You have one-tenth of a second to make a good impression.
You’ve heard that old yarn about only having one chance to make a good impression. You might have even heard that first impressions happen fast. Maybe you didn’t know they happened this fast.
Princeton psychologists Janine Willis and Alexander Todorov had test subjects look at photos of various people and rate them on attributes like trustworthiness, likability, and competence. Some participants got a second to see the photo—others only got half a second or a tenth of a second. In a separate test, they didn’t give the participants any time limit at all.
Well it turns out, most people decided what their feelings were about a person (based on looks alone) in that first tenth of a second. The results for how “trustworthy” someone was, for example, didn’t differ much between the people who only saw him for 1/10th of a second and the people who had as much time as they wanted.
When you read books about first impressions at job interviews, they probably tell you something about eye contact and firm handshakes. Sure, that stuff’s important. There’s actually been a study that showed a measurable impact on someone’s impression of another’s personality based on the handshake alone.
But putting aside the old interview tricks, you might be surprised at how out of your control the first impression really is. Some interview mantras just don’t bear out in reality, or at least, they don’t have the impact we might hope they would.
So when someone gives you the old, “You have only one chance to make a first impression line,” you can throw back “Yeah, they only have 100 milliseconds.”
Your next job interview: It’s all decided before you finish your introduction.
“But,” you say, “that’s only on looks! I surely will have a chance to state my case when I go in for a job interview!”
Well, kind of. Take the case of Tricia Prickett, an enterprising psychology student who taped job interviews to see if she could guess outcomes just by watching the first 15 seconds.
She showed 15-second clips of the interviews to 30 “naive observers” and asked them to rate the job candidates on intelligence, competence, politeness, etc. Their ratings, based on those 15 seconds, ended up being about the same as the ratings given by the interviewers themselves, except the interviewers, of course, spoke to the people for 20 minutes or so.
Other experiments went further. What if you trained people to give a handshake with just the right grip? Or what if you told people to match their interviewer’s tone and posture? Some interview experts have said matching body language is one way to establish a rapport.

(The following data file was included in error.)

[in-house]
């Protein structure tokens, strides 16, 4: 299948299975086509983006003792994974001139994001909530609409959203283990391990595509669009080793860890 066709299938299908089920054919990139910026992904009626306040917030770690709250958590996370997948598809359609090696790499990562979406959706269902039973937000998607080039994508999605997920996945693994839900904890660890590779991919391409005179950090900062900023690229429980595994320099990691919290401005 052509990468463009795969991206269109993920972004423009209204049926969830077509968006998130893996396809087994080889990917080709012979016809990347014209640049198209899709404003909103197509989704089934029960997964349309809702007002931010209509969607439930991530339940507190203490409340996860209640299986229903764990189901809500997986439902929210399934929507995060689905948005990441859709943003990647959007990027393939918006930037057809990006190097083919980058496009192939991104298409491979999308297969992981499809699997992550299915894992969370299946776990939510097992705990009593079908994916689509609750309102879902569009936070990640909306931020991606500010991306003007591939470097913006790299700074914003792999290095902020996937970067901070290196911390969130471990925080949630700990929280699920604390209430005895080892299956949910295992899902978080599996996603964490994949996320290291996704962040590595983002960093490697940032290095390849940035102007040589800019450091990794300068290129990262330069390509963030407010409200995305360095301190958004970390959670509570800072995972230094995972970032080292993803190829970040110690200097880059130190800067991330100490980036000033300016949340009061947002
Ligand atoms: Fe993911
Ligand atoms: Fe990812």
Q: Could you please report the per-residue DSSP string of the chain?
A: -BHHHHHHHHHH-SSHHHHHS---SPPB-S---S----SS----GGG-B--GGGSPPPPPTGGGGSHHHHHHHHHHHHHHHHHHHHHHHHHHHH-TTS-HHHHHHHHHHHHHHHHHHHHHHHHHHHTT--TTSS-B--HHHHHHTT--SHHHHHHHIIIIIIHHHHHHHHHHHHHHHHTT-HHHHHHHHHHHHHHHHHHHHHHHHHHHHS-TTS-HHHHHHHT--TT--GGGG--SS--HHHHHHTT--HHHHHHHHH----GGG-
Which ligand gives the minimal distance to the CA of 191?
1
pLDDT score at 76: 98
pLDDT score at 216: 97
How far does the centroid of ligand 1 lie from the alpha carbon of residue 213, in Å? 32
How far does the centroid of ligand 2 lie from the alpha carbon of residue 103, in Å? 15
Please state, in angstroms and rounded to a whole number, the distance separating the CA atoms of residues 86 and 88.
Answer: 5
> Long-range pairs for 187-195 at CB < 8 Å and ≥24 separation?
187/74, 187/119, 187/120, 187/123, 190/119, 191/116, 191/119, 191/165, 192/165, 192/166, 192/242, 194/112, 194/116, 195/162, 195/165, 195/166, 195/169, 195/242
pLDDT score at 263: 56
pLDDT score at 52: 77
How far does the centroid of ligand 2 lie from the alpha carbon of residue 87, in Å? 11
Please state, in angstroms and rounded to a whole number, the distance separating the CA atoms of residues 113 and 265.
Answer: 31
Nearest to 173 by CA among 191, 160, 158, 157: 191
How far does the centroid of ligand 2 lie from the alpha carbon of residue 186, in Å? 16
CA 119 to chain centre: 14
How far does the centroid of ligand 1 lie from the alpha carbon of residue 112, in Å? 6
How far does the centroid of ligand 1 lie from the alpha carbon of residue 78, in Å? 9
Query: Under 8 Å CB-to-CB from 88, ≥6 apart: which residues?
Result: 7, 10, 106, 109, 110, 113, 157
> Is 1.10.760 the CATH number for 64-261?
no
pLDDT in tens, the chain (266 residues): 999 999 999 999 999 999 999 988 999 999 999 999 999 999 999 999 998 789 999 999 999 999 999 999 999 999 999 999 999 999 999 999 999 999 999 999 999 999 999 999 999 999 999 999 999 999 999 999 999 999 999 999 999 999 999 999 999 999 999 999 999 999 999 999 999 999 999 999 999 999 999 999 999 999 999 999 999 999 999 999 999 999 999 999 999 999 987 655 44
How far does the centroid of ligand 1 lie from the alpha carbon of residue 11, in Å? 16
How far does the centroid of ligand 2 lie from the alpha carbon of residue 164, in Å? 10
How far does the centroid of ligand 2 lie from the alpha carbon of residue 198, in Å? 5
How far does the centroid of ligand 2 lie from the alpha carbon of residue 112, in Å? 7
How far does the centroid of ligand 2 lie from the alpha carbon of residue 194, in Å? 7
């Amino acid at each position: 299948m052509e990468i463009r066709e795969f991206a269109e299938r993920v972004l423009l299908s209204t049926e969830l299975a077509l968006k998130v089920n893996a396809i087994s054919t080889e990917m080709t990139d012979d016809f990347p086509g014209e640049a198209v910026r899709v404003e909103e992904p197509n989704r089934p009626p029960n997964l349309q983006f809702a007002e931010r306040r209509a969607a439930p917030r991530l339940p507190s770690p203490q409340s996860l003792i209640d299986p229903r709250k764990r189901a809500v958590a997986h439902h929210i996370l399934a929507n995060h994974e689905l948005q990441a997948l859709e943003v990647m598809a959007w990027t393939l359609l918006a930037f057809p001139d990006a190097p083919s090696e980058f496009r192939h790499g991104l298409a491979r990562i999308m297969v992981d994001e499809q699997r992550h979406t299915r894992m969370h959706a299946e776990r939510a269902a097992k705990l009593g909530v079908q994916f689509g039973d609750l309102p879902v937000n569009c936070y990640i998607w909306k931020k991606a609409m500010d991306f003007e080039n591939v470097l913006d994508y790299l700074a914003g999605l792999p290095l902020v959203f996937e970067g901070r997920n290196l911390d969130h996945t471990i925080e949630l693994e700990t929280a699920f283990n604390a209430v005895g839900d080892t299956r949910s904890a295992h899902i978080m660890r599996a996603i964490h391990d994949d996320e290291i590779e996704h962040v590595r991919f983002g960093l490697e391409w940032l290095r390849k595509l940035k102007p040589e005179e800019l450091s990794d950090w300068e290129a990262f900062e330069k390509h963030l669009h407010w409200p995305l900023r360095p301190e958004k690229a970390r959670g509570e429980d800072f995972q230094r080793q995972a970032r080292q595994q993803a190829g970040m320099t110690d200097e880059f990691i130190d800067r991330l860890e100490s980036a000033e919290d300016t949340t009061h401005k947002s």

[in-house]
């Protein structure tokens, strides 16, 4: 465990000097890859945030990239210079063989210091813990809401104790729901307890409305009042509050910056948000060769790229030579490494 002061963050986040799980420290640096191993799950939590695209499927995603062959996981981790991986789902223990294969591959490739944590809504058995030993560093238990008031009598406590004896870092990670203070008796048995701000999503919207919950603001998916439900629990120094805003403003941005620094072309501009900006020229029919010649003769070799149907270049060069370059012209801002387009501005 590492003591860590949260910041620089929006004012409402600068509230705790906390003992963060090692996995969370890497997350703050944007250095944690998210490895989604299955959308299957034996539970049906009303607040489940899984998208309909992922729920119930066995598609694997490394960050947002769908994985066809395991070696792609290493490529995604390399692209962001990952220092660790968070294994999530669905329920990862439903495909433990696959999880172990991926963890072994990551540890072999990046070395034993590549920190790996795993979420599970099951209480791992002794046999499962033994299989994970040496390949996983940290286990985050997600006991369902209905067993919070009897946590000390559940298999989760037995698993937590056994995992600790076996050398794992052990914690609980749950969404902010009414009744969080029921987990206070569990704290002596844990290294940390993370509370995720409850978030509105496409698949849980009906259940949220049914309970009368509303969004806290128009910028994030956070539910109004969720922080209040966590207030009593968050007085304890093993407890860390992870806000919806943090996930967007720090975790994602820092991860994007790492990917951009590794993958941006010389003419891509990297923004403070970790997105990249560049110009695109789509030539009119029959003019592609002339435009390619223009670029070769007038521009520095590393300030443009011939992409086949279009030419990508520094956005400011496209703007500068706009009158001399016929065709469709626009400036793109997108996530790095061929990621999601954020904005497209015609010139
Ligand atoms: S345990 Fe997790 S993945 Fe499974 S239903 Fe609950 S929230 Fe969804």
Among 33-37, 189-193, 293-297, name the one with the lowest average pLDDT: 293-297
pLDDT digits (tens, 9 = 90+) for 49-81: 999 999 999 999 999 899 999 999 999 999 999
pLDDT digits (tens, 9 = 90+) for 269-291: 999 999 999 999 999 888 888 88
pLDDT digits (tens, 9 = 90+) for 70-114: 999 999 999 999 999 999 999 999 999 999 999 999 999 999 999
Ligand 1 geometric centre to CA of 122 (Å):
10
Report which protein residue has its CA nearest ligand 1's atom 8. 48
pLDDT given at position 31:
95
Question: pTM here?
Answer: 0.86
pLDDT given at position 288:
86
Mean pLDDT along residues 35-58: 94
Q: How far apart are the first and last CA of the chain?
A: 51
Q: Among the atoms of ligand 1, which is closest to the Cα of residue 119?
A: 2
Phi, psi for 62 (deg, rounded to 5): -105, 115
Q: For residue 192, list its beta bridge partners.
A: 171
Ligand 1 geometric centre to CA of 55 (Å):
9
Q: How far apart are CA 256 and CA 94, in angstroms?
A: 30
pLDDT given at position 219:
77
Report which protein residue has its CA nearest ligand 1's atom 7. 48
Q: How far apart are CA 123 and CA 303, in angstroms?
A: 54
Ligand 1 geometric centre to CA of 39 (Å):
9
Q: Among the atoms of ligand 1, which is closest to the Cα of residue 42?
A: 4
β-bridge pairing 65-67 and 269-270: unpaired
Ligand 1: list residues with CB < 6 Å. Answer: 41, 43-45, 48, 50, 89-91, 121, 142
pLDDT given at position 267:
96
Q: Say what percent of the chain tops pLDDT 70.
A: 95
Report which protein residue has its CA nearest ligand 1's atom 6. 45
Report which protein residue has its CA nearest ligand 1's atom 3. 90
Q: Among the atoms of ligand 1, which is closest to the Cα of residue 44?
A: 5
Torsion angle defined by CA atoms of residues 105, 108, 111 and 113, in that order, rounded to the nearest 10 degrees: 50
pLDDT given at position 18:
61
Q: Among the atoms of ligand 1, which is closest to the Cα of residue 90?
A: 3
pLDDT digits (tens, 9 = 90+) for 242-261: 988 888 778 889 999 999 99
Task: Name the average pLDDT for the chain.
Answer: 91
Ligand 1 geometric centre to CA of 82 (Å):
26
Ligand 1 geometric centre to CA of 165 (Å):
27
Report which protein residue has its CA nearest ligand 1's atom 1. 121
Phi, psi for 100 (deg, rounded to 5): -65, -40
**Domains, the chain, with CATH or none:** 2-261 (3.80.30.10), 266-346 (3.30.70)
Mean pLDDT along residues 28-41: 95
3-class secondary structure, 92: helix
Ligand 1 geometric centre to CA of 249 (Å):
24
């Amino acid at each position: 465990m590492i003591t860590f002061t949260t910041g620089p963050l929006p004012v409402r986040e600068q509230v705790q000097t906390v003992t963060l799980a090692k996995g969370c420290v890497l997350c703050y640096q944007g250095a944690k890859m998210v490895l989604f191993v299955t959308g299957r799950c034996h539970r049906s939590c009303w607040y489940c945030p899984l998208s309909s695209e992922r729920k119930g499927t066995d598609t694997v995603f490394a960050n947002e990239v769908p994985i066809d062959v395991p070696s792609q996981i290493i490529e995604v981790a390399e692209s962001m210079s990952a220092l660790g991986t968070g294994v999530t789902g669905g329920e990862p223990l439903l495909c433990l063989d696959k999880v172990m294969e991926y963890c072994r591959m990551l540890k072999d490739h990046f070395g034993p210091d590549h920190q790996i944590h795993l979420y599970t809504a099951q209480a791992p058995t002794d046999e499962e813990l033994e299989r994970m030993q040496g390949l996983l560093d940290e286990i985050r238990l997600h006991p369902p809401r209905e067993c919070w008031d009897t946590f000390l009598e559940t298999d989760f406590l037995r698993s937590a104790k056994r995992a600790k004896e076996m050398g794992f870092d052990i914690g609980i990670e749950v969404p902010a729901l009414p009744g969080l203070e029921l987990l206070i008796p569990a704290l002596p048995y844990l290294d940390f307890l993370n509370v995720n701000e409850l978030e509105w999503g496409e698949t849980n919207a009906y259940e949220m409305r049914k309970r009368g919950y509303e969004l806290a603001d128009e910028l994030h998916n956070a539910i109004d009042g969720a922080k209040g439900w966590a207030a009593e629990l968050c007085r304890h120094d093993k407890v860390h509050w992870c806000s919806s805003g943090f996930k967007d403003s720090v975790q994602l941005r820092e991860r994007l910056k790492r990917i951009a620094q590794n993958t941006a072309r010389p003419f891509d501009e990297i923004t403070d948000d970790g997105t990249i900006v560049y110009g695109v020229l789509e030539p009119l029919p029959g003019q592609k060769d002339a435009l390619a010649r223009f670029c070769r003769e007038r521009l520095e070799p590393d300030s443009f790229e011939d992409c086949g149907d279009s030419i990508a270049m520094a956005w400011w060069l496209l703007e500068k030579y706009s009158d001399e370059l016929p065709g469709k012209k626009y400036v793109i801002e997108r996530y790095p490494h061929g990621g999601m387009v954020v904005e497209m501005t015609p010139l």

No dice. In the body language mimicking experiment, it mostly had no effect. One interviewer actually picked up on it happening, and it made him angry. As far as the handshakes go, firm handshakes are good, but they’re hard to fake. A firm handshake coming from someone who’s shy just ends up looking trained and out of place, according to psychologists.
Unfortunately, it seems that you can’t train for some aspects of a good first impression.
Oh yeah, and to finish building this post to the height of pessimism…it helps if you’re cute too. Psychologists even have names for it—”What is beautiful is good” or the “halo effect”. People assume that if someone is good-looking, it must mean they have good personalities and are smart, also.
Things you can control.
It’s hard to undo those first 15 seconds (or 1/10th of a second) if they don’t go well. After first impressions, we tend to look for evidence to support our initial assumptions. The handsome fool sounds smarter because we want to validate our initial impression that he was smart.
But you can. I mean, you can’t really. But you can push that first impression back a little.
How? First, it’s better to be animated than to have a poker face. I have this problem personally. I show a notorious lack of affect at work, and at times, that’s come off as condescending. It’s something I try to fix by smiling a lot and being more open, even though personally I’d rather keep my emotions on the inside.
Psychologists have found that being expressive makes people trust us more, even when the emotions we’re expressing are negative. Our counterparts would rather know that we’re unhappy than have to guess at things.
Next, find what you have in common. Hometowns, names, birthdays, favorite books….anything really. As I’ve written before, even having superficial things in common like, say, being assigned to the blue team instead of the red team, can make your counterpart think you’re smarter, stronger, and friendlier than he thought before.
Yeah, I know, it’s not much in the face of all that you-haven’t-even-finished-your-name-and-you’re-already-screwed stuff. But hopefully knowing that so much is out of your hands will help you let go of some of those “interview tricks” you’ve been taught and just be yourself.